13 Dog-Friendly Things to Do in Germany

Dog-Friendly Things to Do in Germany

If you’re visiting Germany with your dog, there’s no shortage of dog-friendly things to do. Whether it’s exploring the rich history and culture of Germany, visiting its many gorgeous old towns or enjoying a night at a Christmas Market, there’s sure to be something delightful to do. These are my top recommendations…

Find out more about travelling in Germany with a dog, from taking public transport to whether dogs are allowed in bakeries

1. Visit Sanssouci Park at Potsdam

A visit to Sanssouci Park at Potsdam, about an hour from central Berlin on the train, is an excellent day out from Berlin. The park include many fine palaces, once the principal residence of the Prussian royal family, and is often called the German Versaille.

While dogs aren’t allowed inside the palaces, they are allowed with you while you wander around the fine parks. Make sure you allow at least a few hours, but you could spend the entire day here.

Check out more photos from our visit to Sanssouci Park

Travel to Germany with dog: At San Soucci Park

Strolling through Sanssouci Park

Dog travel in Germany

Outside the grand New Palace at Sanssouci

2. Cruise Along the Rhine River

If you’re going to cruise along a stretch of the Rhine River, make it the section between St Goar and Bingen. As well as being home to the famous Lorelei Rock, there’s many historic castles, cute towns and terraces of vineyards lining the Rhine along this stretch.

We cruised with KD Cruises, and were just charged a small surcharge for our dog. The cruises run regularly in summer, but there’s also the chance of a winter cruise if there’s enough bookings.

St Goat on the Rhine

About to depart St Goar on our Rhine cruise

3. Explore the Street Art of Berlin

Berlin is renowned for its street art. And while I haven’t yet met a dog interested in street art, they will enjoy walking with you through Germany’s streets while you spot new works and take photos.

One of the most popular spots is the historic East Side Gallery, where works are painted on a 1.3km long remnant of the Berlin Wall. The courtyard at the Anne Frank Zentrum is also fabulous.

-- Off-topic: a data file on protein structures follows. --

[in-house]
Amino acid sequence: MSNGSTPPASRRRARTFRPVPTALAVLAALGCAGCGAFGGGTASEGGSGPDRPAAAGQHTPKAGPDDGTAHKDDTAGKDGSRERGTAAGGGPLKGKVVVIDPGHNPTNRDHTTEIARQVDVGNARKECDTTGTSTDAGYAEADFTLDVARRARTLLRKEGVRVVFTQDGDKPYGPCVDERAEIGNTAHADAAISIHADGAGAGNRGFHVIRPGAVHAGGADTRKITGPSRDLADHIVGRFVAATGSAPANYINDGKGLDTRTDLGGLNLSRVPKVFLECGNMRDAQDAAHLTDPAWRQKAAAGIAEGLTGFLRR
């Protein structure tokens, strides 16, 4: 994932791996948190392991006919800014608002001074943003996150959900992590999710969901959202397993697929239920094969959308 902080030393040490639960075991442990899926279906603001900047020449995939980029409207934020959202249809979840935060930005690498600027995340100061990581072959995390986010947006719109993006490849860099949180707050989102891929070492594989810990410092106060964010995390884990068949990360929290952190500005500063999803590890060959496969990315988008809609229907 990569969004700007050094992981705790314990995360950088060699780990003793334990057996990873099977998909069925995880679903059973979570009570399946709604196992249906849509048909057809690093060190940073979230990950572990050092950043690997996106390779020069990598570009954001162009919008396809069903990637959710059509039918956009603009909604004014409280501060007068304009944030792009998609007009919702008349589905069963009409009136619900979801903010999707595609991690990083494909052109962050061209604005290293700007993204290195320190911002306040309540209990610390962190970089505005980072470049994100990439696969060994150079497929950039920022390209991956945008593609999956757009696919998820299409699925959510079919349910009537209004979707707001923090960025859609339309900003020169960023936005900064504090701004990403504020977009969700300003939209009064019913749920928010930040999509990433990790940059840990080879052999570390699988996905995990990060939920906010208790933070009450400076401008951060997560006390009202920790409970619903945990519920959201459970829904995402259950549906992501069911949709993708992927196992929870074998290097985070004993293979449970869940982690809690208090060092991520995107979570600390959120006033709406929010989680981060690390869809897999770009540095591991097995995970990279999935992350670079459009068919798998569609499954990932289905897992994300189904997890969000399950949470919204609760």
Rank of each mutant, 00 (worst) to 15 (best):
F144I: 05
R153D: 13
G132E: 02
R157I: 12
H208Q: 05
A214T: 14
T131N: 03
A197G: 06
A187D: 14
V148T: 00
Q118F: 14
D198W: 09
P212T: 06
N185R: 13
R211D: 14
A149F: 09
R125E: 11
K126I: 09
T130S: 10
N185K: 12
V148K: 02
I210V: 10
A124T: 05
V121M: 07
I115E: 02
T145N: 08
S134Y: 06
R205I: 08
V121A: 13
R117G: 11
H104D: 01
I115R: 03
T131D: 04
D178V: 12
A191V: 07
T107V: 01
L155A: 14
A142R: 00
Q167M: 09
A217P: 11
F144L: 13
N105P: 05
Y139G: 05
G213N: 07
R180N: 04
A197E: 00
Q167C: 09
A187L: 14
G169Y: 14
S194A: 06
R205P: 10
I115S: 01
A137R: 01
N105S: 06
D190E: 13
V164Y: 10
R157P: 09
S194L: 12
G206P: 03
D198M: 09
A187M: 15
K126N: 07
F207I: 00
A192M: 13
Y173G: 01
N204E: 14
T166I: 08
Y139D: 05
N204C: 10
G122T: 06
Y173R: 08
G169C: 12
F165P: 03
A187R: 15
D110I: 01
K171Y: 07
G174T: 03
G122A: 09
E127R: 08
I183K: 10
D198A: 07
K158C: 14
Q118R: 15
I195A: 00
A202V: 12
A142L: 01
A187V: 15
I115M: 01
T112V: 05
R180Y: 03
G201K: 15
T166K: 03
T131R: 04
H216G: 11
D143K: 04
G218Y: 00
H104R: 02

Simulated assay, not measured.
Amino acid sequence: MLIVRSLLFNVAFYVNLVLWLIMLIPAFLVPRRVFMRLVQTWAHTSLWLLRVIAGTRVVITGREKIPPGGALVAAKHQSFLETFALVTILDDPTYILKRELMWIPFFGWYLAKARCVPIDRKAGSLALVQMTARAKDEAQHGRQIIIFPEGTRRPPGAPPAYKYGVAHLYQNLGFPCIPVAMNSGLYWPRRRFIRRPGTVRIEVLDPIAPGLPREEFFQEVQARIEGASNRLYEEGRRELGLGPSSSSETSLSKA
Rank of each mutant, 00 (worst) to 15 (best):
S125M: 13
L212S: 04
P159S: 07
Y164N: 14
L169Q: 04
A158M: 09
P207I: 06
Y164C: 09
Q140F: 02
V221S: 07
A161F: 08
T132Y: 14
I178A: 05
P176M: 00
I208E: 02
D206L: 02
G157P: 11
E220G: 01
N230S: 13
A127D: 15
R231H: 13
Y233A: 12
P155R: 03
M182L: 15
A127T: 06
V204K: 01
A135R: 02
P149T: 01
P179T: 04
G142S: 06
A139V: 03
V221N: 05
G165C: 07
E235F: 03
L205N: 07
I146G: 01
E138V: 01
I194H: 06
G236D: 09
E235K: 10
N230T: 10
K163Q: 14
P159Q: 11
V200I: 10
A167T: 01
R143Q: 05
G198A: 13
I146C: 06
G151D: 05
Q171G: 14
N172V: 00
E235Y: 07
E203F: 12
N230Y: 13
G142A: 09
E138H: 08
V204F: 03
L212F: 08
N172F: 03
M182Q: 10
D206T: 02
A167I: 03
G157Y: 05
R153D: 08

Street art in the East Side Gallery

Street art in the East Side Gallery

4. Visit Neuschwanstein Castle

Neuschwanstein Castle in Bavaria is one of the most famous castle in the world, and well worth a visit. If you’re staying in Munich, it’s possible to visit the castle on a day visit, including the option of taking the train and bus. I’ve written a detailed guide on how to visit Neuschwanstein Castle on public transport.

Now, I must admit that dogs aren’t allowed inside the castle on the regular guided tours. But it’s still possible to visit the exterior of the castle with your dog, and go for a wander nearby. If you’re visiting with someone, it’s also possible to take turns taking a guided tour, with the tours starting and finishing very promptly!

Neuschwanstein Castle

Neuschwanstein Castle from Marienbrücke, where dogs are permitted

5. Explore the Medieval Town of Quedlinburg

After visiting Germany multiple times, I have to award Quedlinburg the prize for being the most charming medieval town in the city I have visited so far. Its narrow streets are full of historic half-timbered houses that have survived through the ages. Plus above the town on a sandstone outcrop towers its castle and cathedral, both important to the history of Germany. Naturally dogs are welcome to join you on your wanderings!

Dog-friendly Germany

Exploring the streets of Quedlinburg and its half-timbered houses

6. Visit Bergpark Wilhelmshöhe in Kassel

Located in the centre of Germany, the superb Bergpark Wilhelmshöhe is a features cascades, lakes and wooded slopes. It comes alive every Wednesday and Sunday afternoon (except over winter) when the full water show is performed.

We visited both during a snowy day in winter, plus once again during summer when the water show as on. Entry is free year round and dogs are welcome.

Dog on bridge at Bergpark Wilhelmshöhe

Visiting Bergpark Wilhelmshöhe in winter with Schnitzel

Bergpark Wilhelmshöhe Summer

And Bergpark Wilhelmshöhe during summer

7. Go for a Stroll in the Forest